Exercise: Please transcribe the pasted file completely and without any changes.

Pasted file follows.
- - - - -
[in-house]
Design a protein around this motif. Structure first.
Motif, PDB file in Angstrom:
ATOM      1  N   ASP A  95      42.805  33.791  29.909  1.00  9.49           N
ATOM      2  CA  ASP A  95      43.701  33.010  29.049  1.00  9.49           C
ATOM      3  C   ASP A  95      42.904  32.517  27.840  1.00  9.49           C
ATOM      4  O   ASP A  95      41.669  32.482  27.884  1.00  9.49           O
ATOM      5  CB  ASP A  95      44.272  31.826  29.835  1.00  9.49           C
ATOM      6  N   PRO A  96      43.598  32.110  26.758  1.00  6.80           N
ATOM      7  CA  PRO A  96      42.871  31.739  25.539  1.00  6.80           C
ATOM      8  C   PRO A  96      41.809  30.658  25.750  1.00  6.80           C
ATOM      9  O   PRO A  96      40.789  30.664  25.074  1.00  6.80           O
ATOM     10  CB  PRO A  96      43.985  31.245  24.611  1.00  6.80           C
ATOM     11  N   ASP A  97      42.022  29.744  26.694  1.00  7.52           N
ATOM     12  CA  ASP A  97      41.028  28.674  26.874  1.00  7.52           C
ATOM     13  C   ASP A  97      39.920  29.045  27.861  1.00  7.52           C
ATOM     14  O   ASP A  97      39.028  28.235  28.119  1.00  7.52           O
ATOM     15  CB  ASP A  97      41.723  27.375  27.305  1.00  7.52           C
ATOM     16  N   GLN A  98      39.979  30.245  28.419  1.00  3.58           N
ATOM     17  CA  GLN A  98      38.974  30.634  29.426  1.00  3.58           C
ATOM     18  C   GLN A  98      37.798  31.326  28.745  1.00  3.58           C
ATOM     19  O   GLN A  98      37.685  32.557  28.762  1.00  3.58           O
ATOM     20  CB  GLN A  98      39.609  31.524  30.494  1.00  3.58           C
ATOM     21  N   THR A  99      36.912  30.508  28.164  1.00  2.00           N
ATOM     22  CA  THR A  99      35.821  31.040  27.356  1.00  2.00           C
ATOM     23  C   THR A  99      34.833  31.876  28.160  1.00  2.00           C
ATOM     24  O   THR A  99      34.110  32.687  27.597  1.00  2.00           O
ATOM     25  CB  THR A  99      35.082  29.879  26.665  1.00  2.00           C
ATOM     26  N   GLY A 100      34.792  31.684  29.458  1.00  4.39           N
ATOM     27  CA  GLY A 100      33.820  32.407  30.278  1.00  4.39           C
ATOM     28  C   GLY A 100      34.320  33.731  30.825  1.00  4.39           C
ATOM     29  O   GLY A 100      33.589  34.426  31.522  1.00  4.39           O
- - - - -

[in-house]
Design a protein around this motif. Structure first.
Motif, PDB file in Angstrom:
ATOM      1  N   ASP A  95      42.805  33.791  29.909  1.00  9.49           N
ATOM      2  CA  ASP A  95      43.701  33.010  29.049  1.00  9.49           C
ATOM      3  C   ASP A  95      42.904  32.517  27.840  1.00  9.49           C
ATOM      4  O   ASP A  95      41.669  32.482  27.884  1.00  9.49           O
ATOM      5  CB  ASP A  95      44.272  31.826  29.835  1.00  9.49           C
ATOM      6  N   PRO A  96      43.598  32.110  26.758  1.00  6.80           N
ATOM      7  CA  PRO A  96      42.871  31.739  25.539  1.00  6.80           C
ATOM      8  C   PRO A  96      41.809  30.658  25.750  1.00  6.80           C
ATOM      9  O   PRO A  96      40.789  30.664  25.074  1.00  6.80           O
ATOM     10  CB  PRO A  96      43.985  31.245  24.611  1.00  6.80           C
ATOM     11  N   ASP A  97      42.022  29.744  26.694  1.00  7.52           N
ATOM     12  CA  ASP A  97      41.028  28.674  26.874  1.00  7.52           C
ATOM     13  C   ASP A  97      39.920  29.045  27.861  1.00  7.52           C
ATOM     14  O   ASP A  97      39.028  28.235  28.119  1.00  7.52           O
ATOM     15  CB  ASP A  97      41.723  27.375  27.305  1.00  7.52           C
ATOM     16  N   GLN A  98      39.979  30.245  28.419  1.00  3.58           N
ATOM     17  CA  GLN A  98      38.974  30.634  29.426  1.00  3.58           C
ATOM     18  C   GLN A  98      37.798  31.326  28.745  1.00  3.58           C
ATOM     19  O   GLN A  98      37.685  32.557  28.762  1.00  3.58           O
ATOM     20  CB  GLN A  98      39.609  31.524  30.494  1.00  3.58           C
ATOM     21  N   THR A  99      36.912  30.508  28.164  1.00  2.00           N
ATOM     22  CA  THR A  99      35.821  31.040  27.356  1.00  2.00           C
ATOM     23  C   THR A  99      34.833  31.876  28.160  1.00  2.00           C
ATOM     24  O   THR A  99      34.110  32.687  27.597  1.00  2.00           O
ATOM     25  CB  THR A  99      35.082  29.879  26.665  1.00  2.00           C
ATOM     26  N   GLY A 100      34.792  31.684  29.458  1.00  4.39           N
ATOM     27  CA  GLY A 100      33.820  32.407  30.278  1.00  4.39           C
ATOM     28  C   GLY A 100      34.320  33.731  30.825  1.00  4.39           C
ATOM     29  O   GLY A 100      33.589  34.426  31.522  1.00  4.39           O